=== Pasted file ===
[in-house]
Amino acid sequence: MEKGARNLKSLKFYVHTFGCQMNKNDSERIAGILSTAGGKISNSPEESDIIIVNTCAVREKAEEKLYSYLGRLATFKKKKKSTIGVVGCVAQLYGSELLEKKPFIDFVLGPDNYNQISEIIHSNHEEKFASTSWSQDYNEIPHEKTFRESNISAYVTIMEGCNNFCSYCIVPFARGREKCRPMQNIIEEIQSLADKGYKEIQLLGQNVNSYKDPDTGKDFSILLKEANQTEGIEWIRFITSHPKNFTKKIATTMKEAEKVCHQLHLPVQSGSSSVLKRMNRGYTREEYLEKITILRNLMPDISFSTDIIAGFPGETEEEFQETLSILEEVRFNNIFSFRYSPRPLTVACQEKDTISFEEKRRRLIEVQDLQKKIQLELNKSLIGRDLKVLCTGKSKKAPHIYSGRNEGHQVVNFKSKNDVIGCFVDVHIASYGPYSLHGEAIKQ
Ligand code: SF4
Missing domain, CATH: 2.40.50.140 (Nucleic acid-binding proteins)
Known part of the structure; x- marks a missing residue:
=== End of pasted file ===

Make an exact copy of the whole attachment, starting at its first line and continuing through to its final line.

[in-house]
Amino acid sequence: MEKGARNLKSLKFYVHTFGCQMNKNDSERIAGILSTAGGKISNSPEESDIIIVNTCAVREKAEEKLYSYLGRLATFKKKKKSTIGVVGCVAQLYGSELLEKKPFIDFVLGPDNYNQISEIIHSNHEEKFASTSWSQDYNEIPHEKTFRESNISAYVTIMEGCNNFCSYCIVPFARGREKCRPMQNIIEEIQSLADKGYKEIQLLGQNVNSYKDPDTGKDFSILLKEANQTEGIEWIRFITSHPKNFTKKIATTMKEAEKVCHQLHLPVQSGSSSVLKRMNRGYTREEYLEKITILRNLMPDISFSTDIIAGFPGETEEEFQETLSILEEVRFNNIFSFRYSPRPLTVACQEKDTISFEEKRRRLIEVQDLQKKIQLELNKSLIGRDLKVLCTGKSKKAPHIYSGRNEGHQVVNFKSKNDVIGCFVDVHIASYGPYSLHGEAIKQ
Ligand code: SF4
Missing domain, CATH: 2.40.50.140 (Nucleic acid-binding proteins)
Known part of the structure; x- marks a missing residue: